Naro makes breakthrough on sorghum

The sorghum genotypes which are scheduled for release in 2017 are the result of more than two years of research.

Wednesday March 9 2016

Dr Michael Ugen, the director of research,

Dr Michael Ugen, the director of research, NaSARRI (middle) with Jonnie Ebiyau, a research officer, inspect a field of sorghum varieties in Mayuge District. PHOTO BY UMAR KYEYUNE 

By Umar Kyeyune

National Semi-Arid Resources Research Institute (NaSARRI) has developed five sorghum types that are tolerant to Striga and drought.

This was revealed by Dr. Michael Ugen, director of research, NaSARRI, while meeting farmers in Mayuge and Namatumba districts during a participatory sorghum variety selection exercise.

Striga and drought are key production constraints in sorghum production with a potential to cause up to 100 per cent yield loss in sorghum particularly in the north, north-eastern and eastern Uganda where sorghum production is prominent.
The two constraints to production are highly reinforced by low soil fertility and weather variability.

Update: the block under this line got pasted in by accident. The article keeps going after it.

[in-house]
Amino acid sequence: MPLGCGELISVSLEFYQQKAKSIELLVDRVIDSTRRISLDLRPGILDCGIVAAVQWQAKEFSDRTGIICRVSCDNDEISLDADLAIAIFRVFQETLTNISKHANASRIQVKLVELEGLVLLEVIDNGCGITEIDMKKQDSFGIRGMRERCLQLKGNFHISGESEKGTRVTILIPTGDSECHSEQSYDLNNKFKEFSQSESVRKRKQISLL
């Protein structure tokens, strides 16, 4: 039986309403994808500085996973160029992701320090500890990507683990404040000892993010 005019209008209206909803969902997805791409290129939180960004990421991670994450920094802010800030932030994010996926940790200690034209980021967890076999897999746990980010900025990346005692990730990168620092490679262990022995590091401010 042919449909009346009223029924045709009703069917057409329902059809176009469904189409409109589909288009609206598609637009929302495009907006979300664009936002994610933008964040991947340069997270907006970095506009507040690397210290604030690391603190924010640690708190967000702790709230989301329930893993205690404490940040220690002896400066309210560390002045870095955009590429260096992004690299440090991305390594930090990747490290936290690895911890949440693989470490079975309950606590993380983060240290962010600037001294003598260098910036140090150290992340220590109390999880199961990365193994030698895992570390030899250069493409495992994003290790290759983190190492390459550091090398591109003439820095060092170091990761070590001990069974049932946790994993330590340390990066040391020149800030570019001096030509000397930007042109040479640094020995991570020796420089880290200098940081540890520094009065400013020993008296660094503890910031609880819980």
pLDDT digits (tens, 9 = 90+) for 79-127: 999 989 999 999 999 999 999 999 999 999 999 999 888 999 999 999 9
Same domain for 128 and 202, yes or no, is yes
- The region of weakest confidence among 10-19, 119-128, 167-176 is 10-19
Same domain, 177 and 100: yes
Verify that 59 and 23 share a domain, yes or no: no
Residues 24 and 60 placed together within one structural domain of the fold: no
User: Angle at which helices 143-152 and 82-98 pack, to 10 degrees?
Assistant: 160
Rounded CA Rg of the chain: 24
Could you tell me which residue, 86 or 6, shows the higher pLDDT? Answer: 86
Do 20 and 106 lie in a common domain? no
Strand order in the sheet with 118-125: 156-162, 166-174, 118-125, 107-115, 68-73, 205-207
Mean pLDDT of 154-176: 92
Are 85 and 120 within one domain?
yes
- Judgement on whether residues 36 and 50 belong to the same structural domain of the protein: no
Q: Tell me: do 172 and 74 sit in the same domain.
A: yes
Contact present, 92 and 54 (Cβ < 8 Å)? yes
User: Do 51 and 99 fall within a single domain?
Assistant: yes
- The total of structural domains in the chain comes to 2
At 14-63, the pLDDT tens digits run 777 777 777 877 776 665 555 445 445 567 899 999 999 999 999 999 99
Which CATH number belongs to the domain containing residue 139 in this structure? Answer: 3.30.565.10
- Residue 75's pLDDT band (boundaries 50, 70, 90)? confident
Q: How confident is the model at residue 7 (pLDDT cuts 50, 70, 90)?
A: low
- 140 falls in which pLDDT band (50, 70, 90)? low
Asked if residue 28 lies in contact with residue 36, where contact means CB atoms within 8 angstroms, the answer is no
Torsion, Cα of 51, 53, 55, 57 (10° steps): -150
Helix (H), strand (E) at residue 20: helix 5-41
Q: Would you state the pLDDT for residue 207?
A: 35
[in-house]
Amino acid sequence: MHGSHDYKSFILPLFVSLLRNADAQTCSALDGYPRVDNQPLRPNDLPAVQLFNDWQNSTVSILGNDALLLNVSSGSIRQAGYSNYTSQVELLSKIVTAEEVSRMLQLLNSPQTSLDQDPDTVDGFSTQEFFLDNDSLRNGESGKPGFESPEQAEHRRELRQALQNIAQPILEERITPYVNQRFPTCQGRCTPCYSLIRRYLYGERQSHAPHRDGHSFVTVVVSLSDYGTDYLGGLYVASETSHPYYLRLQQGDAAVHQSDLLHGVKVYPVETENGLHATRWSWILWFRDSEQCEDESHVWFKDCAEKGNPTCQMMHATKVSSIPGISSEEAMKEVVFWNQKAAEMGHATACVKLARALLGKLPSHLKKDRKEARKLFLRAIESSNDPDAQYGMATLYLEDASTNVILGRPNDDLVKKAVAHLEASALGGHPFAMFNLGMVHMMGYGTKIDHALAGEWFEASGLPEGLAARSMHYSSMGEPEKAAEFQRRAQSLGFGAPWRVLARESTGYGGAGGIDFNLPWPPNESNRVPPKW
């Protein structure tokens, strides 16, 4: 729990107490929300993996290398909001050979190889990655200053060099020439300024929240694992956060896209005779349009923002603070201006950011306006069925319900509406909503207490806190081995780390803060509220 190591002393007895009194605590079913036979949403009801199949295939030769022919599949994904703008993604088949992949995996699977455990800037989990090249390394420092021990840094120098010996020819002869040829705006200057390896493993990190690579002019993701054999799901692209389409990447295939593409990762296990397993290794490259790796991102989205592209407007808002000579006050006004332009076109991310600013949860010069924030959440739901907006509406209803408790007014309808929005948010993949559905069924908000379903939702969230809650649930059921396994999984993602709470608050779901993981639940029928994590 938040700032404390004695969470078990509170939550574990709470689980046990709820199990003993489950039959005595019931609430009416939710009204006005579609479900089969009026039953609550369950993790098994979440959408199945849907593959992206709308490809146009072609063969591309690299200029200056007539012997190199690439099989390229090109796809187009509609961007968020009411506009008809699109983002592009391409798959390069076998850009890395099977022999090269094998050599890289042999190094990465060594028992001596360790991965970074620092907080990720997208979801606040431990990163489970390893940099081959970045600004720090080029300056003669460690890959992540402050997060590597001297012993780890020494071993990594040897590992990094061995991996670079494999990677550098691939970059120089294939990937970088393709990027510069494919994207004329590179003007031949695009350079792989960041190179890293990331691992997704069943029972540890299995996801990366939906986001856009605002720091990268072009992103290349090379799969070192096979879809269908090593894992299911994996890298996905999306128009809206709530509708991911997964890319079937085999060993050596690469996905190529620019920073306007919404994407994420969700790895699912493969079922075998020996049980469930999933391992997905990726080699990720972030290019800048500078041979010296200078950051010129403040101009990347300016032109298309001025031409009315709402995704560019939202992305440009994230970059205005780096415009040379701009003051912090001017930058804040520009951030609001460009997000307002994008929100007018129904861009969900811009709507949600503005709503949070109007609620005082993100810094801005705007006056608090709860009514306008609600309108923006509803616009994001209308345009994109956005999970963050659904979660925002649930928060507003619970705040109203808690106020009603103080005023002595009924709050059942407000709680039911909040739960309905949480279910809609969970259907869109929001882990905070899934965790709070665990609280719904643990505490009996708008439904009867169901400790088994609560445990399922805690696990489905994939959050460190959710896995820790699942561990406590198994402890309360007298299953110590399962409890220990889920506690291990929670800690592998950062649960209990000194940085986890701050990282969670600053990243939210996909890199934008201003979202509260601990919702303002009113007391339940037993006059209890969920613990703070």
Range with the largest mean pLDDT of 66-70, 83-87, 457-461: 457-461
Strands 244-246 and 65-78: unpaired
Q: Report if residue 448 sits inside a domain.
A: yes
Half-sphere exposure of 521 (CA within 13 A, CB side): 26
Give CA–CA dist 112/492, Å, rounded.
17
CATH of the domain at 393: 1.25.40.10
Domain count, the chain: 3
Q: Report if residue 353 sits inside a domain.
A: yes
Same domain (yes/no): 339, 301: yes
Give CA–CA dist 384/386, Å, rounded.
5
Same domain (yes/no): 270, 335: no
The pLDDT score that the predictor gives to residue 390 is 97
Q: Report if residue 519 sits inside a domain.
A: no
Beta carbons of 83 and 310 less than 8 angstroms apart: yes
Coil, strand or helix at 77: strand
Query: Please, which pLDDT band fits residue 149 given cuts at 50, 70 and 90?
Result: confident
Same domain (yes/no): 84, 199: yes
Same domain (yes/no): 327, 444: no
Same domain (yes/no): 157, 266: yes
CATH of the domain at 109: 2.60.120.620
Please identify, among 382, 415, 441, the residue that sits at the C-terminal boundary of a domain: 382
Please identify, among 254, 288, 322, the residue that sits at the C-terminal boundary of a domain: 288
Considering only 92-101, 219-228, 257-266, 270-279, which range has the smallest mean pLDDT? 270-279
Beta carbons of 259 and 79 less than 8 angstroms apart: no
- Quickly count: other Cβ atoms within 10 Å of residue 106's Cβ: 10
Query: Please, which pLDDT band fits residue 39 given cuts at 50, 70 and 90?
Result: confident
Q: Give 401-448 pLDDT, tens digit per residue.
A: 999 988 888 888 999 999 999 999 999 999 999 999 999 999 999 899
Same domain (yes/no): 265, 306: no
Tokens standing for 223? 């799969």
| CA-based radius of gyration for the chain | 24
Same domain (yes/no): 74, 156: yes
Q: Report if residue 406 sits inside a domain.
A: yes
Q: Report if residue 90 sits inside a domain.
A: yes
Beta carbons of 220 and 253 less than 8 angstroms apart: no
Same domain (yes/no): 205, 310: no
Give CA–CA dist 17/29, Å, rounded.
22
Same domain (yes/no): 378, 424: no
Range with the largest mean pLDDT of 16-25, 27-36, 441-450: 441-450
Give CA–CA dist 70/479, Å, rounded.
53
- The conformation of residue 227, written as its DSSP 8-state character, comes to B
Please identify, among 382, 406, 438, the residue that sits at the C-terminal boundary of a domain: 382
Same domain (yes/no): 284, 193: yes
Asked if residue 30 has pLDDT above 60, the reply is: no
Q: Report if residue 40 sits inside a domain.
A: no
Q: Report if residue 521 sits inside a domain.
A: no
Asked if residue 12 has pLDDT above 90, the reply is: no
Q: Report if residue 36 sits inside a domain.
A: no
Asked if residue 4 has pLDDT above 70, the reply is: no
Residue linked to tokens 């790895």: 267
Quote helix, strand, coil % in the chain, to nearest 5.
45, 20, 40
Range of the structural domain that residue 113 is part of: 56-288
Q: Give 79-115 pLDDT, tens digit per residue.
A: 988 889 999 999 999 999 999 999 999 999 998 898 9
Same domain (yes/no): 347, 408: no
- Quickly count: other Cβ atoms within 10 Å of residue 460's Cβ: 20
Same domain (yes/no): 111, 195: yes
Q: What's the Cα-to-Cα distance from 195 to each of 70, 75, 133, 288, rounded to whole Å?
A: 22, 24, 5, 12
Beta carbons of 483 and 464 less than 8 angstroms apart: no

“Climate change has highly affected sorghum production in many parts of the country but this breakthrough is a ray of hope to Uganda’s Sorghum farmers”, said Dr Ugen.
The candidate varieties are earmarked to address food security and improve household income since they are resilient to Striga and drought and also high yielding.

Reliable seed
The sorghum genotypes which are scheduled for release in 2017 are the result of more than two years of research.
“Sorghum is a major crop in the main producing areas and NaSARRI is determined to always provide reliable seed to farmers through research,” said Johnnie Ebiyau, a senior research officer, NaSARRI. “The sorghum lines are high yielding giving up to 3,000 kilogrammes per hectare.”

Sorghum is the third most important staple cereal crop after maize and millet and its production in Uganda is estimated to be at 376,000 metric tonnes annually.

Steven Koma, the chairperson, Ntalinga farmers’ group, Mayuge District, retaliated the urgent need for better sorghum varieties if the required production is to be attained.

“We are excited to have participated in the evaluation of these genotypes and can’t wait to have them in this region for production,” added Paul Magemeso, a farmer in Nakalama Village, Iganga district.
“Most of us depend on sorghum for food and income but Striga was frustrating us,”
Besides food, sorghum is gaining importance in the manufacturing industry for production of beverages, medicine, feeds, paper, ethanol, and food dyes.

NaSARRI is one of the research institutes under Naro and is based in Serere District.
Besides sorghum, the institute focuses on other crops namely groundnuts, sunflower, sesame, green gram, cowpea, pigeon pea, pearl millet, finger millet and cotton.


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